News Is My Business boldly asked, “Is the CDC openly discriminating against Puerto Rico, USA?”
The question comes up because Puerto Rico slipped into Level 4 — High Risk — as defined by the CDC, and was added to the CDC’s “don’t visit” list. News Is My Business is concerned about this because, as they say, “the impact on our island’s tourism will be pretty severe since anyone looking up what this CDC ‘Level 4’ means will see that it explicitly avoids travel to this destination.”
They’re right about all these things. They go on to point out, “Our analysis shows that Puerto Rico’s case growth is not even in the top 10, top 20, or top 30; Puerto Rico ranks #49. Yes #49…With 48 states above Puerto Rico’s current case percentage of 5.51%, representing a -4% decrease during the last 14 days, we wonder, with other 48 states above Puerto Rico, why the CDC did not issue a single Level 4 notice to any of those states.”
Is Puerto Rico higher risk than the states?
We’d say that Puerto Rico is not higher risk than any of the states. In fact, that’s what the CDC says, too. Note that the states and territories at Level 4 are all shown in red in the map below, from the CDC’s website:
The CDC is not saying that Puerto Rico is higher risk than the states. Until the Island moved up on the risk level earlier this week, it was listed as less risky. Level 4 risk is defined as having more than 500 new cases per 100,000 in population over the past 28 days. When Puerto Rico hit that threshold it joined the 50 states on the high-risk list for the U.S. It also was added to the destinations or foreign travel list.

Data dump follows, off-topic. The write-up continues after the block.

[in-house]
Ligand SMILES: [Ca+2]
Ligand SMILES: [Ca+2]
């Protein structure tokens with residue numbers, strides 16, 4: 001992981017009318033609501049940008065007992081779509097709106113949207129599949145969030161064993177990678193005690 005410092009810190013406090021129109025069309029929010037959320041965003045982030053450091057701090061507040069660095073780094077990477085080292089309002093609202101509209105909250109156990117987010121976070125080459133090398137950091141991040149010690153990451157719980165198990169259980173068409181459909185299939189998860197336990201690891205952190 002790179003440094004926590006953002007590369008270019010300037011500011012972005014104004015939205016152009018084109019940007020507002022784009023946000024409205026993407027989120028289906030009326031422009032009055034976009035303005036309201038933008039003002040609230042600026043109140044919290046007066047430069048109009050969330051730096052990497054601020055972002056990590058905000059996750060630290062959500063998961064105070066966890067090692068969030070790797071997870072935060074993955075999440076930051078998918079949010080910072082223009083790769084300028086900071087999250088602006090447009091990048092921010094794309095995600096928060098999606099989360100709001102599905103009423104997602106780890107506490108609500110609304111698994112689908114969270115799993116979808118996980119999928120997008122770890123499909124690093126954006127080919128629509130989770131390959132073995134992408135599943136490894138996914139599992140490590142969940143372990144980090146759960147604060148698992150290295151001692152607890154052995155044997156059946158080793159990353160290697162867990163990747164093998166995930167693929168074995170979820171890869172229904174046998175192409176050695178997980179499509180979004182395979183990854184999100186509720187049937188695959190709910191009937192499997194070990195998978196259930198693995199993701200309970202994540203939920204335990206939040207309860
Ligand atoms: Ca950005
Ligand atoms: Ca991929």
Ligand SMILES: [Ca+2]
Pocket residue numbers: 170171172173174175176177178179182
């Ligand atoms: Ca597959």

So why is Puerto Rico on that list and the states are not?
The CDC says that its international travel advisories include “international destinations and U.S. territories.” Why does the CDC list U.S. territories under international travel? We don’t know. We can see from the screenshot below that they know Puerto Rico belongs to the U.S.
What’s more, Puerto Rico is also included on their page for domestic travel, which we show you in the screenshot showing the red map.
It may be confusing to see Puerto Rico listed in foreign and domestic travel, but it reflects the confusion caused by Puerto Rico’s territorial status. Puerto Rico is an unincorporated territory of the United States. But people do refer to Puerto Rico as a country. That’s confusing. ‘
Maybe the CDC wants to make things clear for travelers who are confused about Puerto Rico. But we don’t think that they are intentionally discriminating against Puerto Rico.
We think it is high time Puerto Rico became a state. This would clear up the confusion. It would also help with many kinds of discrimination against Puerto Rico that we see every day: less federal funding than states, ineligibility for tax credits and federal programs, extra red tape associated with federal benefits, and disenfranchisement in presidential elections, for example.
Tell your representatives to support statehood for Puerto Rico.